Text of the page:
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A new generation of electric buses

Laura Puttkamer
London

London’s new generation electric bus can be topped up in only ten minutes. This is possible due to an innovative wireless charging technology called pantograph. Read everything about it here.

Copyright: TfL

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More than 850 zero-emission electric buses already operate in London

Transport for London (TfL), the operator of travel services across the British capital, has announced a wireless new bus charging technology. The pantograph charging technology for electric buses is now available at Bexleyheath bus garage. These chargers have an arm-like structure, which can attach to a buses’ roof. It delivers quick, high-power charging. Wireless RFID technology with smart labels helps to improve communication between the pantograph and the bus.

Conventionally, buses in London charge overnight. With the pantograph, they can now receive a high-power current during the day. The so called “opportunity charging” increases the available power. According to TfL, a top-up with the pantograph takes less than 10 minutes. With this, buses can travel further each day. In turn, this means that TfL can offer same level of service with fewer vehicles.

The new technology aligns with TfL’s plans to deliver a fully zero-emission bus fleet in London by 2034. Depending on funding availability, this date might move forward to 2030. In line with this, TfL has pledged to only bring new vehicles into service that are zero-emission. More than 850 zero-emission electric buses already operate in London. For the most part they are powered by overnight charging at bus garages.

The TfL pantograph charger for electric buses. Copyright: TfL

Experimenting with electric buses

The route 132, which runs between North Greenwich and Bexleyheath, is the first fully electric bus route in London powered by the pantograph technology. Buses can charge at the Bexleyheath garage. From next year, TfL wants to extend the “opportunity charging” by deploying pantographs at either end of the bus route 358. This route runs between Orpington and Crystal Palace, covering 25 kilometres. That makes it one of London’s longest bus routes. Currently, the service cannot be supported by charging in a conventional garage. The pantograph at either end of the route will support the service during the day.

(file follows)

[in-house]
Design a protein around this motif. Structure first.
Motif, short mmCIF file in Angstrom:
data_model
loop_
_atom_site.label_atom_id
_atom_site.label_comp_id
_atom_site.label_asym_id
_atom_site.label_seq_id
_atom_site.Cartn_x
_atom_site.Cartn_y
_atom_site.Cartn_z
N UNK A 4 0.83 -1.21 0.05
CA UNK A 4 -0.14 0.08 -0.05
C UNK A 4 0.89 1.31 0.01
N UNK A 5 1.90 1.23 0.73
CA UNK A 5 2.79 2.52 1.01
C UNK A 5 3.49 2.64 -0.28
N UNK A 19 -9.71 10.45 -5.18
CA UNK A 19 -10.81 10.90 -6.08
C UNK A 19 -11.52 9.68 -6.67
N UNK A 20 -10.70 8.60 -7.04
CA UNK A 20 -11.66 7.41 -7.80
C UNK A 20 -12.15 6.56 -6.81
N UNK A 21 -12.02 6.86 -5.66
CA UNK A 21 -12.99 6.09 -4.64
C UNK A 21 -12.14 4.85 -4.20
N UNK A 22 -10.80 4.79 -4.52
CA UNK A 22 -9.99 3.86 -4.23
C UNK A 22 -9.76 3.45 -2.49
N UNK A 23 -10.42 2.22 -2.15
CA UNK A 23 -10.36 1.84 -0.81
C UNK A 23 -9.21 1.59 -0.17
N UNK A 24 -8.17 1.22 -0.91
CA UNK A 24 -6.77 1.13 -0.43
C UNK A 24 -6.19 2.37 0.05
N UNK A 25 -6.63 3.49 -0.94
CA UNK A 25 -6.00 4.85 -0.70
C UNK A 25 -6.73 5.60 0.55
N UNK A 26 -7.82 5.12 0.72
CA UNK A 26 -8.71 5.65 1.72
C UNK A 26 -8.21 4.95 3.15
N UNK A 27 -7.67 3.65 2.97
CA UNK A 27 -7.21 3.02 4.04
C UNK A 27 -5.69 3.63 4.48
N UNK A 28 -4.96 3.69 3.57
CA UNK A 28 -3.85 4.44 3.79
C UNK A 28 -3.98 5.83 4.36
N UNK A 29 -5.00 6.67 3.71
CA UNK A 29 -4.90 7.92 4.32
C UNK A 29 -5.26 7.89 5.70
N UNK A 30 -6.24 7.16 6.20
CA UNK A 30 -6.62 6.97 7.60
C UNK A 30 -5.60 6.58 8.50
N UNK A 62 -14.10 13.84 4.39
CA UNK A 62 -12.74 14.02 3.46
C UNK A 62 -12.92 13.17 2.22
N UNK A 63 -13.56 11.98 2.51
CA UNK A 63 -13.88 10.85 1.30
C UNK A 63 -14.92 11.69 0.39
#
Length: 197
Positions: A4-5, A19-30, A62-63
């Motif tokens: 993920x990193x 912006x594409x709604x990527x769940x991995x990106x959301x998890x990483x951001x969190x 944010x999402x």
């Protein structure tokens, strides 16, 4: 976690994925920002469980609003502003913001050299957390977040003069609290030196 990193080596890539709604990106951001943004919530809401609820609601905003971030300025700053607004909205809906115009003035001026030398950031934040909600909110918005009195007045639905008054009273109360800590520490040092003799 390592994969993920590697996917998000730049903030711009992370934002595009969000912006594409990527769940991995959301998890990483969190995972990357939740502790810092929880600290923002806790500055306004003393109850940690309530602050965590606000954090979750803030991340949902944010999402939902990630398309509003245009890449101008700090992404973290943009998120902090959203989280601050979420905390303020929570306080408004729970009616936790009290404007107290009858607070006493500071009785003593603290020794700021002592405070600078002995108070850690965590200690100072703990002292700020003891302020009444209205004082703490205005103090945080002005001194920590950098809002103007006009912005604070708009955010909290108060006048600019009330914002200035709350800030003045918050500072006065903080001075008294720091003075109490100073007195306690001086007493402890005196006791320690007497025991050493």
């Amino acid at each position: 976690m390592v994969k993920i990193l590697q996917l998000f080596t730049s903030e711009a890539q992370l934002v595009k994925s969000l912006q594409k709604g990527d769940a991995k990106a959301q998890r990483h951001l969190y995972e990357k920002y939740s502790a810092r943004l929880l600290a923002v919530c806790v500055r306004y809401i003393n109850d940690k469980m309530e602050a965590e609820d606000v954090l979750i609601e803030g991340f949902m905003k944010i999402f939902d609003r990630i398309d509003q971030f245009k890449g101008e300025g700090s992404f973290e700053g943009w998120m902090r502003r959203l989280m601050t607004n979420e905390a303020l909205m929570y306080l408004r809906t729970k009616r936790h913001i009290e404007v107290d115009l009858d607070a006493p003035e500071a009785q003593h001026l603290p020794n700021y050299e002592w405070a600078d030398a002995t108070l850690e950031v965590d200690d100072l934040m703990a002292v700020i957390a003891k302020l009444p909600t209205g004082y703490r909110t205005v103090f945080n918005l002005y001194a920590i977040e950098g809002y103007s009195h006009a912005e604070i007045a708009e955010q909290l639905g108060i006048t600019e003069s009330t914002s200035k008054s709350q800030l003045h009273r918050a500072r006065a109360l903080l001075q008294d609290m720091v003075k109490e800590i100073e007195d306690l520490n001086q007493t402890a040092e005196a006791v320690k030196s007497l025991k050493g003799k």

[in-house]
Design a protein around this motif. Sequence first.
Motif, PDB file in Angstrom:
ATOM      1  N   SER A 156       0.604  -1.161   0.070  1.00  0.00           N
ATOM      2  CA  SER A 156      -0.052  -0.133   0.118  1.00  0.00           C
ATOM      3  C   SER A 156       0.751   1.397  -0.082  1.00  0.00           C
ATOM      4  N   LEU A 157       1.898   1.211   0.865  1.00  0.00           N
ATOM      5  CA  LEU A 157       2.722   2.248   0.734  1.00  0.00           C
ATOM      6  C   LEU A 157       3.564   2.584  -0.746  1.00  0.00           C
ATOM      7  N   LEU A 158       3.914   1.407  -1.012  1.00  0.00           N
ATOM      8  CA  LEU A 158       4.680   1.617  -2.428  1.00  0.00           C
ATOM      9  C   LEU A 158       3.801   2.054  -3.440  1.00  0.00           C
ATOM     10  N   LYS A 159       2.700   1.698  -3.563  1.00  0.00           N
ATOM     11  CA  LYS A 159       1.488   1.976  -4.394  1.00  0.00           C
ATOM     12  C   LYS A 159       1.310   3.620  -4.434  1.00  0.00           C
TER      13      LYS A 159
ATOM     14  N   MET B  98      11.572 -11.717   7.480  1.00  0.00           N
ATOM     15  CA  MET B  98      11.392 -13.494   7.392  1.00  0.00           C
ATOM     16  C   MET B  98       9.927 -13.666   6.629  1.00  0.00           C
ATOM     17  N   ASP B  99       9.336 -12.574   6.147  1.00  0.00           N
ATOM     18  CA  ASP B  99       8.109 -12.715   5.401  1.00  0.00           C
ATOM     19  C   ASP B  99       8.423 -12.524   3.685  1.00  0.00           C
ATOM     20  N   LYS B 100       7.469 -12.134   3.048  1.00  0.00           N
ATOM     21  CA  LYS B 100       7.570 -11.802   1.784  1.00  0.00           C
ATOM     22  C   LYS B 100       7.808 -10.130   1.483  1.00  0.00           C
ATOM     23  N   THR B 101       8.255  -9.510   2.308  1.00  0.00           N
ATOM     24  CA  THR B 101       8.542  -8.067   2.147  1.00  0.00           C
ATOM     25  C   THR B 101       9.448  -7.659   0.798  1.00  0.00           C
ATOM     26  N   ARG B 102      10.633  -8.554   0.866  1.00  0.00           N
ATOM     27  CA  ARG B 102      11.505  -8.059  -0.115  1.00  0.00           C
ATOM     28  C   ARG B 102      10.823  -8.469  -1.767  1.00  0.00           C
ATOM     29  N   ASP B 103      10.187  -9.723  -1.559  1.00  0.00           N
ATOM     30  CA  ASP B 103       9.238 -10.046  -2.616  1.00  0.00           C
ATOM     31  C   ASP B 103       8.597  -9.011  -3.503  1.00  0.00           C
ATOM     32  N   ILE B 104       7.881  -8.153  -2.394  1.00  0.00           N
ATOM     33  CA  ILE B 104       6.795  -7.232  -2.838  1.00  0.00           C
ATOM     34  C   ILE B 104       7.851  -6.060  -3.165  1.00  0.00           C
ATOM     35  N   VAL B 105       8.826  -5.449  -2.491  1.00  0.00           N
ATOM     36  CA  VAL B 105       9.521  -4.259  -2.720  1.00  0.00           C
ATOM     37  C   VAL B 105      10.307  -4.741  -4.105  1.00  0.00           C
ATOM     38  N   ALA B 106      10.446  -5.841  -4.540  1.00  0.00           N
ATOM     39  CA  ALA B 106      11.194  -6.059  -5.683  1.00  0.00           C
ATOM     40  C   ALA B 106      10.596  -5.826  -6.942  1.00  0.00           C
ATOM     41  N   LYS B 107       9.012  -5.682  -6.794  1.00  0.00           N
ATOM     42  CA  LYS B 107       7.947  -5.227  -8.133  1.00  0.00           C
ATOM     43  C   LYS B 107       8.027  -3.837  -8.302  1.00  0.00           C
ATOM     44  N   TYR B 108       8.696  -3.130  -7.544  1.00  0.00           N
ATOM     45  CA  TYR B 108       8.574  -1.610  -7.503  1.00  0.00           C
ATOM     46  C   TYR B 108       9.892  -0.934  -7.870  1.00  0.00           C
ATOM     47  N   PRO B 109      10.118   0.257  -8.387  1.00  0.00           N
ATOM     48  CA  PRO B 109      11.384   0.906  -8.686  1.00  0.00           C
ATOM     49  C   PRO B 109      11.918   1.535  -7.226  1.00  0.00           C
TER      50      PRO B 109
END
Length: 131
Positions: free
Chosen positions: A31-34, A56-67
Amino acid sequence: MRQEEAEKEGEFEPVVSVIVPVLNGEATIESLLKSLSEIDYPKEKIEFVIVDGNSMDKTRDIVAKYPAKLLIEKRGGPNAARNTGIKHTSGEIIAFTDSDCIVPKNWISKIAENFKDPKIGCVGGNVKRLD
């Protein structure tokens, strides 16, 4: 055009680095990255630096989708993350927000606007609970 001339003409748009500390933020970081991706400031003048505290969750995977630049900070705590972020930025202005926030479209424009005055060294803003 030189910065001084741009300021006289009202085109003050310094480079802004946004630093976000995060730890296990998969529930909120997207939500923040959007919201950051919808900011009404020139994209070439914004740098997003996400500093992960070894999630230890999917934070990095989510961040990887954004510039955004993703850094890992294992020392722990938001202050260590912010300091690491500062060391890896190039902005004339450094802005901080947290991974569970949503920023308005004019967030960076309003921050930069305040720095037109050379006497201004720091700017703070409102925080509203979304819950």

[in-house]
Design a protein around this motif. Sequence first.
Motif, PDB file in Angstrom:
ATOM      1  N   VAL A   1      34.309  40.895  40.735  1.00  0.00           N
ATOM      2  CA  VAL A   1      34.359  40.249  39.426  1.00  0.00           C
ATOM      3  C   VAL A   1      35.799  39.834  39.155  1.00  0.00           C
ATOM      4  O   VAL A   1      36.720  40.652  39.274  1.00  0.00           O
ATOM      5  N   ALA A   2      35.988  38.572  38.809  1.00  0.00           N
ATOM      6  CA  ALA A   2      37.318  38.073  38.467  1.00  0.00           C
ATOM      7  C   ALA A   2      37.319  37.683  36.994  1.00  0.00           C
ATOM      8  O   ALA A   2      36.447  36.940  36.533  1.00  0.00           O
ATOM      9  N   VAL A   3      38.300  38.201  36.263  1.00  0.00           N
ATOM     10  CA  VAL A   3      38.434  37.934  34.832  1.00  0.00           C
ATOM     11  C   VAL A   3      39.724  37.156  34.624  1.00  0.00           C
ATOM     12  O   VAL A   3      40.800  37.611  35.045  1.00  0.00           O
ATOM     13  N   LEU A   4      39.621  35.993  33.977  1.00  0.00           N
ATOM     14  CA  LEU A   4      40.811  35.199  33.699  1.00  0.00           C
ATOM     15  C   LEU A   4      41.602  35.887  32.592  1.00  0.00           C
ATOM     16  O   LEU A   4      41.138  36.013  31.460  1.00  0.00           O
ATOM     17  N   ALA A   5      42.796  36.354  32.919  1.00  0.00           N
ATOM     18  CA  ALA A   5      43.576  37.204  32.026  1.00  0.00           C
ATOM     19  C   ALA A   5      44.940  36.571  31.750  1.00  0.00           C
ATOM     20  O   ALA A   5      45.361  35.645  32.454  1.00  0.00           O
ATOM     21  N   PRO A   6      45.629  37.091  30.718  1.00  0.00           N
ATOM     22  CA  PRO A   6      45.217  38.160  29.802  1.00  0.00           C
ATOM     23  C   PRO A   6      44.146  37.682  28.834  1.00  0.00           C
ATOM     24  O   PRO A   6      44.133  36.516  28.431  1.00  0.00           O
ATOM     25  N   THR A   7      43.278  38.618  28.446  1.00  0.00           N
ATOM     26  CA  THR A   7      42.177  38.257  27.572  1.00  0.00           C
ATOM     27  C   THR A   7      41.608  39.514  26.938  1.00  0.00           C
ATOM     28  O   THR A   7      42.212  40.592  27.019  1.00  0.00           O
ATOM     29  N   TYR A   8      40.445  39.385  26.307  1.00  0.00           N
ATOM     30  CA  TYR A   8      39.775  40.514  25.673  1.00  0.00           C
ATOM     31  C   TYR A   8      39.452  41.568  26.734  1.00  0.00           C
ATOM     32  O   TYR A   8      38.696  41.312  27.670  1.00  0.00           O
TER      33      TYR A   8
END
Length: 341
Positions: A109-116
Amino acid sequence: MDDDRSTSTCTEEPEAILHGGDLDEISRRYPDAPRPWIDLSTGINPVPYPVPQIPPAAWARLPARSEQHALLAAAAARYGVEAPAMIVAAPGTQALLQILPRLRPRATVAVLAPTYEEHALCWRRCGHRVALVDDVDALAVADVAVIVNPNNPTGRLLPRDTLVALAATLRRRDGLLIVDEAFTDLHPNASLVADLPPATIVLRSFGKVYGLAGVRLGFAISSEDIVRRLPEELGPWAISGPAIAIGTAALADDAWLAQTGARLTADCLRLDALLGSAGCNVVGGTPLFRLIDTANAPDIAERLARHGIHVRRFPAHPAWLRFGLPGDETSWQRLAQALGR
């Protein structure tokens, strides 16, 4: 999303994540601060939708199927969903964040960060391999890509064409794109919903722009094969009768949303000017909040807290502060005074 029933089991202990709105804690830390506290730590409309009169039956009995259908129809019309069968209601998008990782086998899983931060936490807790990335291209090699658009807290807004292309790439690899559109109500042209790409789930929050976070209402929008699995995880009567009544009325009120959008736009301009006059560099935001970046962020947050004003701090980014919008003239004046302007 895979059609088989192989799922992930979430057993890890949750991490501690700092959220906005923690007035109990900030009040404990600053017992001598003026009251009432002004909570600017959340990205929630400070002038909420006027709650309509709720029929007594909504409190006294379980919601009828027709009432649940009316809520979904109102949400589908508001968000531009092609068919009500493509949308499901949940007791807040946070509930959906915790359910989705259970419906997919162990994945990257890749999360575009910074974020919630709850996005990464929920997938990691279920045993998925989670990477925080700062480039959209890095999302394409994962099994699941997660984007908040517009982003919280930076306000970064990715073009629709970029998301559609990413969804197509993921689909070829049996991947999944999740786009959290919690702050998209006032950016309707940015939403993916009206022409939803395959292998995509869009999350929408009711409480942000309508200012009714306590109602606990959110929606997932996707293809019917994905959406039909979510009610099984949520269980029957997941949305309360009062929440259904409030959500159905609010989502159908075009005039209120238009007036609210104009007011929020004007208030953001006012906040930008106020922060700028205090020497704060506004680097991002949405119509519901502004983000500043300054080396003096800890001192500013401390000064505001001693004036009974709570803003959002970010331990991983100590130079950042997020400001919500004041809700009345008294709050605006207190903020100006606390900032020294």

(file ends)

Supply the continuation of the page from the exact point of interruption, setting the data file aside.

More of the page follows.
To increase the percentage of zero-emission buses, TfL said that a range of technologies is necessary to power the fleet. Together with bus manufacturers, TfL intends to build a vibrant and competitive zero-emission market. By working with stakeholders, it wants to ensure that the necessary infrastructure is available. For the pantograph technology, partners include Go Ahead London by TfL, the machine automation and digital services company ABB, and EV charging expert EO Charging.

Other than the pantograph charging, TfL is also experimenting with double decker hydrogen buses. In 2021, the company launched 20 such buses on routes 7 and 245 to test longer range technology. In addition, route 358 will benefit from new buses that resemble a tram. These buses will have enhanced customer features while still retaining the red livery.

The new electric bus route 358. Copyright: TfL

London’s Bus Action Plan

The pantograph wireless charging for electric buses is TfL’s latest innovation to transform the bus fleet into a fully zero-emissions fleet by 2034. London’s Bus Action Plan outlines how to achieve this goal. According to TfL, if additional funding is available, the bus network could even contribute to net zero in London by 2030.

London is one of the leading cities in Europe when it comes to clean energy. The Mayor aims for 80% of all trips to be made by foot, by cycle, or by public transport in the year 2041. To improve air quality and to lower CO2 emissions, London has a Transport Strategy that will help to meet legal air quality limits as soon as possible.

Journey to zero

For the remaining vehicles, initiatives such as Healthy Streets, the congestion charge, and zero emission technologies are already underway. This will result in making sure London’s entire transport system is zero emission by 2050. Transport for London has led widespread public consultations building on the Ultra Low Emission Zone and the Toxicity Charge. Accordingly, central London and town centre will be zero emission zones by 2025. By 2040, there will be a zero emissions zone in inner London, and a London-wide zone by 2050.

All new double-deck buses in London are already hybrid, electric, or hydrogen. TfL wants to focus on only buying clean buses. During the next years, all 9,200 buses across London will be zero emission. Already, the single-deck buses of the city emit zero exhaust emissions. Related initiatives include 12 Low Emission Bus Zones, where the greenest buses are put on the most polluted roads, such as Putney High Street and Brixton Road; electric buses in central London and outside the centre; 30 per cent quieter and cleaner diesel-electric hybrid buses; as well as experiments with hydrogen-powered double deck buses.

Read more: This article about London includes more examples of how the city is becoming greener and smarter.

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